Moel Findeg

Moel Findeg is a small but very prominent hill on the eastern edge of the Clwydian Range Area of Outstanding Natural Beauty (AONB). Corals, brachiopods and crinoids can be found in spoil, which is regularly turned over, as it is used by a local farmer to repair their farm tracks. Access is fully permitted even though it is on private land.


♦ The fossil locality is on the eastern side of the mountain on private land, just off the public footpath.
♦ Access is by the public footpath from the Maeshafn direction. Either park in the village and walk along road or there is just enough room to squeeze a couple of cars in the layby (SJ 2056 6079).
♦ The site can be combined with other sites and attractions in the area for a whole day excursion.
♦ Ref: 53.14027°N, 3.18396°W


FIND FREQUENCY: ♦♦♦ – Fossils are quite common at this location, as the spoil heap is regularly used by a farmer as hard-core for tracks and so fresh spoil is often available.
CHILDREN: ♦♦ – This site is suitable for children and can be mixed with a walk round to the summit of Moel Findeg itself. (There are great views of the Clwydian range, out over Cheshire Merseyside and the Dee Estuary.) Take a picnic. The nearby pond is good for washing fossils, but, be aware of its location, if you have small children. There is also a small pond in the nature reserve.
ACCESS: ♦♦♦ – There is a walk to this location from the layby, but it is not too far and access is good. However, this location can be difficult to locate, so we recommend maps and GPS. The Miner Arms in Maeshafn village is good for light refreshments, real ales and food.
TYPE: – The small site comprises a low spoil heap believed to be from nearby mine workings. The landowner appears to use the spoil as a source of hard-core for potholed tracks and so on, so parts occasionally get removed to reveal fresh spoil. Visiting during wet weather can help, as the coral detail is highlighted in the darker rock.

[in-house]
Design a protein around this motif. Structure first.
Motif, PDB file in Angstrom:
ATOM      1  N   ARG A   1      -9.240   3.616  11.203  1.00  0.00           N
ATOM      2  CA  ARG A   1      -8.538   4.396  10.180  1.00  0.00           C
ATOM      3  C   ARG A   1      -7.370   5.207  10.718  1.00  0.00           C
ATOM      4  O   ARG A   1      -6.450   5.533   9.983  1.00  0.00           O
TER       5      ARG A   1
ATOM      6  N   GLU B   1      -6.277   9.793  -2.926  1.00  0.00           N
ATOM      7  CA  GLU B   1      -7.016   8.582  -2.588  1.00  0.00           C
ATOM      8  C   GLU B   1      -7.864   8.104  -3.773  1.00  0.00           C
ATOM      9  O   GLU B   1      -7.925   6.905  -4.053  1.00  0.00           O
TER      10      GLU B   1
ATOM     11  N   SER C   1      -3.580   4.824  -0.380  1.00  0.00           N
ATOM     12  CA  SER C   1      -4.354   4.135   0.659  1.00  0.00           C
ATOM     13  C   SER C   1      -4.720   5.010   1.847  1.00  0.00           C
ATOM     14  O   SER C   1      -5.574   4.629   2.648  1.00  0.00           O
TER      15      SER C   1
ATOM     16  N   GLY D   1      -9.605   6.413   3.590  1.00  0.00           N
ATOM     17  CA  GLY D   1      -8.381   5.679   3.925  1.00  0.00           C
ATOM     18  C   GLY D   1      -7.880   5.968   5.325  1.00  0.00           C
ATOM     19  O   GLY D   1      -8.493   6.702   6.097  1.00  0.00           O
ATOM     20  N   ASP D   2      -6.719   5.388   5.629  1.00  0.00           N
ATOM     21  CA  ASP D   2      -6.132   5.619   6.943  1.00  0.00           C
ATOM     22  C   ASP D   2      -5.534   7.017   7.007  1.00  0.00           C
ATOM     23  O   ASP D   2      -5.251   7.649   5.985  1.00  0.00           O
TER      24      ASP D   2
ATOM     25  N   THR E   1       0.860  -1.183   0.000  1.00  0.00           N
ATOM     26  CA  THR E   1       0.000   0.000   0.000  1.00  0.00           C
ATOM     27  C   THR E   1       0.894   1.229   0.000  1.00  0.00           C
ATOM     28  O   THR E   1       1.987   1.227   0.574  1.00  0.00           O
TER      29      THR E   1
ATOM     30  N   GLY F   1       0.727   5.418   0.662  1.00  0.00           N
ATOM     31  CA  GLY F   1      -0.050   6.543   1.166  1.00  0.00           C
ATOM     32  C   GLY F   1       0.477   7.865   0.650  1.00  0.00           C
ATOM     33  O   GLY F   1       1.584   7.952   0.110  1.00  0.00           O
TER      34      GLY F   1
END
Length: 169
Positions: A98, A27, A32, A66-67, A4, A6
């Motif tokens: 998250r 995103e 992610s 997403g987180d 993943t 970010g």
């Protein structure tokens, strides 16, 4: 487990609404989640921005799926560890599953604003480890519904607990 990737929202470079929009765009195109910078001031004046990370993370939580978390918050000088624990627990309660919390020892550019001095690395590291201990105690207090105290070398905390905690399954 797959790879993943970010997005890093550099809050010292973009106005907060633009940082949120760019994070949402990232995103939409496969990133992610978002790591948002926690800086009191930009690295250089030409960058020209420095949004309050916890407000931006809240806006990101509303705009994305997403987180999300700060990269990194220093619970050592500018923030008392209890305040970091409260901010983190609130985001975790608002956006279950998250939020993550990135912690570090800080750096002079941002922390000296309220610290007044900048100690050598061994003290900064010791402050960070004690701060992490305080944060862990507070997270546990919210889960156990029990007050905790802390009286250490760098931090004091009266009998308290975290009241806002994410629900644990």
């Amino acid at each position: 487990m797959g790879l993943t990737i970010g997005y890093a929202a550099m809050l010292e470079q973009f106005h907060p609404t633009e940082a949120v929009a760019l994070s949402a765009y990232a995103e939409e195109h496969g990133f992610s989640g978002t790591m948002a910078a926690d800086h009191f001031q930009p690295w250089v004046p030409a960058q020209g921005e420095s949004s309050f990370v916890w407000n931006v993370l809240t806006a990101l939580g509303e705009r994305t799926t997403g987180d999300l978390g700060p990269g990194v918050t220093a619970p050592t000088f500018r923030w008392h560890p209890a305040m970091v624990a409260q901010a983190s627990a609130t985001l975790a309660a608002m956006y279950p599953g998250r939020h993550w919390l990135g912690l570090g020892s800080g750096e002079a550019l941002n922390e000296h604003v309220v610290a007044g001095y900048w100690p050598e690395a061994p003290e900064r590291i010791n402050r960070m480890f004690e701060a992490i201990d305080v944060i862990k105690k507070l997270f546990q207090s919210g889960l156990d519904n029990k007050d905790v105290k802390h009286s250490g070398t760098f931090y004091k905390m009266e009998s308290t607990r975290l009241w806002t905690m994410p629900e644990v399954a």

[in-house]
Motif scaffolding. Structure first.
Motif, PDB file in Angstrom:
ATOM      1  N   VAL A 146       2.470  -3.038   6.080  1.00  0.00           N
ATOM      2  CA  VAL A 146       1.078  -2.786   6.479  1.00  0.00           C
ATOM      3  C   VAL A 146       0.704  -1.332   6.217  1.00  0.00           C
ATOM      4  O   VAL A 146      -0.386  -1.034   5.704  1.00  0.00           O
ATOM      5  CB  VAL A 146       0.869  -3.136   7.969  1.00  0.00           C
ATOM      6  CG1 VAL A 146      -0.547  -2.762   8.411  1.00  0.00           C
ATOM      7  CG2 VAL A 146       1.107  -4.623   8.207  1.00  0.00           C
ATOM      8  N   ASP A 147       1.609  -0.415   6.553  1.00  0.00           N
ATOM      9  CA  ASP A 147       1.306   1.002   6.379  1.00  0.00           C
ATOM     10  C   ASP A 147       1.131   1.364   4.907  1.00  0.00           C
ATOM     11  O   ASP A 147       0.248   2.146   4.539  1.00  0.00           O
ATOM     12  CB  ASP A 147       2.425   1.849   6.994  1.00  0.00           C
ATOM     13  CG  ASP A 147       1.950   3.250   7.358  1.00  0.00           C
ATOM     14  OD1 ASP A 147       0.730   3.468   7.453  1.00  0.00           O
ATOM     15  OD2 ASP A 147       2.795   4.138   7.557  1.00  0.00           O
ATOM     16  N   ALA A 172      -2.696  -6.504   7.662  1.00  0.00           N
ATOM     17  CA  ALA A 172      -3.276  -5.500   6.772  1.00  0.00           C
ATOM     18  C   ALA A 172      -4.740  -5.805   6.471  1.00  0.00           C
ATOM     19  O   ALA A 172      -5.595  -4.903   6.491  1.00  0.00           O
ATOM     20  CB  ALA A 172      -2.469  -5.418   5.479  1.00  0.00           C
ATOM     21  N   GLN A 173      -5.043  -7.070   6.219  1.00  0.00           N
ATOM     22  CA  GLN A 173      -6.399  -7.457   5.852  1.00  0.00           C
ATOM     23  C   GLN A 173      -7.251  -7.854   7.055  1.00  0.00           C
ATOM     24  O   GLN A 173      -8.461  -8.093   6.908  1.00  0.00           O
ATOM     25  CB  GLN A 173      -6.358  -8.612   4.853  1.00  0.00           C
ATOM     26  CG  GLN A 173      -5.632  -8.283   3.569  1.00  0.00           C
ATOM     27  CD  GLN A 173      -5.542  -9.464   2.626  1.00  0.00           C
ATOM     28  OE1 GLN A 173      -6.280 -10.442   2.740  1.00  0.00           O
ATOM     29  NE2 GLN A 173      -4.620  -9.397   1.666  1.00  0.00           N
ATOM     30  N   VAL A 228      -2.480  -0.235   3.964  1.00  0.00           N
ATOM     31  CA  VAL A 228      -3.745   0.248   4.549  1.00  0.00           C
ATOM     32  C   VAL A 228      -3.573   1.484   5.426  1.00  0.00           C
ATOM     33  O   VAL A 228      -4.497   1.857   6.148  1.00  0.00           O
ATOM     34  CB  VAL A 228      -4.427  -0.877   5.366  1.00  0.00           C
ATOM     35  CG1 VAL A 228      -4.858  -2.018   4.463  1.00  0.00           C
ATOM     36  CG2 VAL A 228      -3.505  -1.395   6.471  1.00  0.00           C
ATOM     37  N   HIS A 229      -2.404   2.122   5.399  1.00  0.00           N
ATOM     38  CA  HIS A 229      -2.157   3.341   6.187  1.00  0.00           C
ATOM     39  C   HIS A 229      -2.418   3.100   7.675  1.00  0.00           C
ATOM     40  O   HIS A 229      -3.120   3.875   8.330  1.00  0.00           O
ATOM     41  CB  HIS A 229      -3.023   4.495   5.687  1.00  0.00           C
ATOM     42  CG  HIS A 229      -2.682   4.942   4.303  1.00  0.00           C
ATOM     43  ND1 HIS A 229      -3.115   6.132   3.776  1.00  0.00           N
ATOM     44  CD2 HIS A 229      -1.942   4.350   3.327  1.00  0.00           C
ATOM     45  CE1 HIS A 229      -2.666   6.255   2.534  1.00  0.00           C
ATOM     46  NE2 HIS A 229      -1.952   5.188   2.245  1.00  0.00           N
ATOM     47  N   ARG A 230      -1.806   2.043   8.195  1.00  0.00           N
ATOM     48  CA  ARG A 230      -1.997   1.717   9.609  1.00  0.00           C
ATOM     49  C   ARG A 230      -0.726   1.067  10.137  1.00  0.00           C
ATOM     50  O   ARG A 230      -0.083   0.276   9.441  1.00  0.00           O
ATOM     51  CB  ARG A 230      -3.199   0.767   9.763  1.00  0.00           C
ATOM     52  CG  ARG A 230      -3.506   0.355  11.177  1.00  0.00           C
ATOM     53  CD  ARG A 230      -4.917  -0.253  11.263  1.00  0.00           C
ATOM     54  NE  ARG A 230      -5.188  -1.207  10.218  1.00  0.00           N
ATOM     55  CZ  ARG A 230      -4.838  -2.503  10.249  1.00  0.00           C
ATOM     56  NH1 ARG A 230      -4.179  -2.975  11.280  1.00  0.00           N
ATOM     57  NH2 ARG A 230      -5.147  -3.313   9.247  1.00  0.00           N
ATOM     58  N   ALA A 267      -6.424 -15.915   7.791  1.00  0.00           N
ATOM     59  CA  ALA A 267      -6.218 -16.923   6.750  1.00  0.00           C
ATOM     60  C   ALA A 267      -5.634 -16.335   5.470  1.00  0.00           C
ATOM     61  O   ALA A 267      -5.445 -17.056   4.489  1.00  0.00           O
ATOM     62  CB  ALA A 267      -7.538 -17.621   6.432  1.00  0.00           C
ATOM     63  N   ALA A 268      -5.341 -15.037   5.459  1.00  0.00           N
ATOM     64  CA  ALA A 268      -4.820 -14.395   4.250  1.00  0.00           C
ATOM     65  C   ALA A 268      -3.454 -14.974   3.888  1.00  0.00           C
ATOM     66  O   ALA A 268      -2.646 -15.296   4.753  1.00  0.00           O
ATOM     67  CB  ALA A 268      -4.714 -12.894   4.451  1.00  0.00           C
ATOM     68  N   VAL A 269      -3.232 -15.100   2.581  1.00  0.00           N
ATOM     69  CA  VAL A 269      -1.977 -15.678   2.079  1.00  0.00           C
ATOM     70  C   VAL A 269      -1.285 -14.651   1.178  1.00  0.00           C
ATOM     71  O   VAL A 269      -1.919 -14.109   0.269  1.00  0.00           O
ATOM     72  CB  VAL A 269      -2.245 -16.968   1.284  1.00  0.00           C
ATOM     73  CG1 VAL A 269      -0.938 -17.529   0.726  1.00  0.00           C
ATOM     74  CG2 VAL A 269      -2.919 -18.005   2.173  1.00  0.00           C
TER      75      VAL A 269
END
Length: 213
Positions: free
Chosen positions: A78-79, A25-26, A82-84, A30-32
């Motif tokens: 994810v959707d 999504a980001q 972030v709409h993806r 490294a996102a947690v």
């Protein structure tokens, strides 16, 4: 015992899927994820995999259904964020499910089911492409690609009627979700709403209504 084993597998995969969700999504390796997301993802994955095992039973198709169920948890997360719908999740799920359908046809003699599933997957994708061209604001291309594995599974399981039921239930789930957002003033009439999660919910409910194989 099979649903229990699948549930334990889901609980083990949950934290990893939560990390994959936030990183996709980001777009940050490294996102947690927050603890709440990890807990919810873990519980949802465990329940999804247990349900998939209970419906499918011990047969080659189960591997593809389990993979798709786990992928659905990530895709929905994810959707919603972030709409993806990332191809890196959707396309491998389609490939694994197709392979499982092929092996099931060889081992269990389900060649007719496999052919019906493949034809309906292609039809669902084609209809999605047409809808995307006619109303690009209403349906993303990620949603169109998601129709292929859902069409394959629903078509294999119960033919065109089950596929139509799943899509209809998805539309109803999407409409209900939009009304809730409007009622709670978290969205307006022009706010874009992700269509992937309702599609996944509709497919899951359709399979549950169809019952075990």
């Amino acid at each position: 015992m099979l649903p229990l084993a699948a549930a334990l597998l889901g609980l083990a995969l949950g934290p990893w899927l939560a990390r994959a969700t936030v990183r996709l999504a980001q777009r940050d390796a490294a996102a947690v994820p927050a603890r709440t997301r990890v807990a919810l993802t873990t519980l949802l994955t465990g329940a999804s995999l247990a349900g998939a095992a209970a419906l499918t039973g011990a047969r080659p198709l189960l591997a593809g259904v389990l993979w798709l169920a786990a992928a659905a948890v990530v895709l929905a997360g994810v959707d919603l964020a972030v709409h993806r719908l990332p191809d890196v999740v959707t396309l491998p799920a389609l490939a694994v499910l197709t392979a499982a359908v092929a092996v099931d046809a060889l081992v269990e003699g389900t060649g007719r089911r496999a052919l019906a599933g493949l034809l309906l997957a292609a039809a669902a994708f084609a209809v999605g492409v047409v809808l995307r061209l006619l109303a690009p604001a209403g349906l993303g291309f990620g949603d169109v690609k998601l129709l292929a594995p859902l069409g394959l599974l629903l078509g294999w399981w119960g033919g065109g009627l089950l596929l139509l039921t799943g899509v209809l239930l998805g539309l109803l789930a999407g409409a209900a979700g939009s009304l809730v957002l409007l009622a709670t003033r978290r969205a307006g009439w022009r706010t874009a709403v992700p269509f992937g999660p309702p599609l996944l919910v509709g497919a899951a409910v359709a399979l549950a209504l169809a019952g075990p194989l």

Fossils can be collected from the small spoil heap. Search the loose rocks for fossils, in which fossils can be found without any tools, just by searching in the spoil. There are plenty to be found.

Corals are the mainstay of the site, but brachiopods and crinoids can also be found. Some of the larger blocks contain colonies of coral.


The underlying rock is Carboniferous Limestone formed under a warm shallow sea, about 330mya. However, river deltas also deposited fine millstone grits, which are now a feature of the hill towards its summit escarpment.
Here the prominent bedrocks are from the Millstone Grit Group and comprises the Gwespyr Sandstone Member, interbedded with the Bowland Shale Formation from the Craven Group. Below lies the Cefn-y-fedw Sandstone Formation, with significant lead veins which have been exploited in the past.
The Cefn-y-fedw Sandstone Formation records the northward progradation of fluvio-deltaic facies deposited along the northern margin of the Wales-Brabant High.
The potential quarrying of a large silica deposit on the western slopes led the Friends of Moel Findeg to purchase and preserve the land in perpetuity as a local nature reserve.
Moel Findeg.jpg

This site is generally safe, but follow the countryside rules. Take litter home with you and stick to the public footpaths.


Search the loose rocks for fossils. You can find fossils without any tools, just by searching in the spoil. Remember to bring some bags and newspaper in which to wrap your finds. If using hammers, ensure you wear goggles.


The nature reserve is an open access area with areas of woodland and upland heath.

It is important to follow our ‘Code of Conduct’ when collecting fossils or visiting any site. Please also read our ‘Terms and Conditions


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